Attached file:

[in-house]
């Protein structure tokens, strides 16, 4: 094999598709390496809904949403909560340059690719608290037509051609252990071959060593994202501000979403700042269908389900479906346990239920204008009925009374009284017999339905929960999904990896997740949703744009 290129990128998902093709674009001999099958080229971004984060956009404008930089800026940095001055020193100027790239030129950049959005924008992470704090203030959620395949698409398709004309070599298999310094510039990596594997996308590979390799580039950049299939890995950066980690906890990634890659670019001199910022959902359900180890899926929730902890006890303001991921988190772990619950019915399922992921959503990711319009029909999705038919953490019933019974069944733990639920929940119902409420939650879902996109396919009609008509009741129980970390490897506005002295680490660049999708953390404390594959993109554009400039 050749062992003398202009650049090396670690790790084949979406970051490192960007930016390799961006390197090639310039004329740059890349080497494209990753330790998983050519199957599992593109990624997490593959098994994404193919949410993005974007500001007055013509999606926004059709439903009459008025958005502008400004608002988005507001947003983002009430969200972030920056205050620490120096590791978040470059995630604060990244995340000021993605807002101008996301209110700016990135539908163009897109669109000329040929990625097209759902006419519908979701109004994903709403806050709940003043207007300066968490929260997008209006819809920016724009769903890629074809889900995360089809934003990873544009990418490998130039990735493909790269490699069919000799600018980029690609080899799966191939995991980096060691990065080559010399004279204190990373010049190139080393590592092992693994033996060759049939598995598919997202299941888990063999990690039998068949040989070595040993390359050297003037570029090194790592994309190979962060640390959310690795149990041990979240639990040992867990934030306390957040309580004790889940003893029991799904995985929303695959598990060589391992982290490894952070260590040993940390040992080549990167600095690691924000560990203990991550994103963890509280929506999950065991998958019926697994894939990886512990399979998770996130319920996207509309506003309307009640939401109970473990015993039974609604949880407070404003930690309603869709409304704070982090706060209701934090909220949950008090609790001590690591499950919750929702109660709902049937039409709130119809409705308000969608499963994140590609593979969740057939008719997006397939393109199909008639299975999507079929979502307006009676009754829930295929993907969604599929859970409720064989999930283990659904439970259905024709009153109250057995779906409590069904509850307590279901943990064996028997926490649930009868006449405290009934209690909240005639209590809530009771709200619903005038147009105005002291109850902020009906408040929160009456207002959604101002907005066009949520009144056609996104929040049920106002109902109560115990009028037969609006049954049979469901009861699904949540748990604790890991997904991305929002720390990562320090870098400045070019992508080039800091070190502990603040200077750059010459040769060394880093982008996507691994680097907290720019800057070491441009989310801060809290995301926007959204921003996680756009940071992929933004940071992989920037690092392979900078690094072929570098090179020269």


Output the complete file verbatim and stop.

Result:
[in-house]
């Protein structure tokens, strides 16, 4: 094999598709390496809904949403909560340059690719608290037509051609252990071959060593994202501000979403700042269908389900479906346990239920204008009925009374009284017999339905929960999904990896997740949703744009 290129990128998902093709674009001999099958080229971004984060956009404008930089800026940095001055020193100027790239030129950049959005924008992470704090203030959620395949698409398709004309070599298999310094510039990596594997996308590979390799580039950049299939890995950066980690906890990634890659670019001199910022959902359900180890899926929730902890006890303001991921988190772990619950019915399922992921959503990711319009029909999705038919953490019933019974069944733990639920929940119902409420939650879902996109396919009609008509009741129980970390490897506005002295680490660049999708953390404390594959993109554009400039 050749062992003398202009650049090396670690790790084949979406970051490192960007930016390799961006390197090639310039004329740059890349080497494209990753330790998983050519199957599992593109990624997490593959098994994404193919949410993005974007500001007055013509999606926004059709439903009459008025958005502008400004608002988005507001947003983002009430969200972030920056205050620490120096590791978040470059995630604060990244995340000021993605807002101008996301209110700016990135539908163009897109669109000329040929990625097209759902006419519908979701109004994903709403806050709940003043207007300066968490929260997008209006819809920016724009769903890629074809889900995360089809934003990873544009990418490998130039990735493909790269490699069919000799600018980029690609080899799966191939995991980096060691990065080559010399004279204190990373010049190139080393590592092992693994033996060759049939598995598919997202299941888990063999990690039998068949040989070595040993390359050297003037570029090194790592994309190979962060640390959310690795149990041990979240639990040992867990934030306390957040309580004790889940003893029991799904995985929303695959598990060589391992982290490894952070260590040993940390040992080549990167600095690691924000560990203990991550994103963890509280929506999950065991998958019926697994894939990886512990399979998770996130319920996207509309506003309307009640939401109970473990015993039974609604949880407070404003930690309603869709409304704070982090706060209701934090909220949950008090609790001590690591499950919750929702109660709902049937039409709130119809409705308000969608499963994140590609593979969740057939008719997006397939393109199909008639299975999507079929979502307006009676009754829930295929993907969604599929859970409720064989999930283990659904439970259905024709009153109250057995779906409590069904509850307590279901943990064996028997926490649930009868006449405290009934209690909240005639209590809530009771709200619903005038147009105005002291109850902020009906408040929160009456207002959604101002907005066009949520009144056609996104929040049920106002109902109560115990009028037969609006049954049979469901009861699904949540748990604790890991997904991305929002720390990562320090870098400045070019992508080039800091070190502990603040200077750059010459040769060394880093982008996507691994680097907290720019800057070491441009989310801060809290995301926007959204921003996680756009940071992929933004940071992989920037690092392979900078690094072929570098090179020269």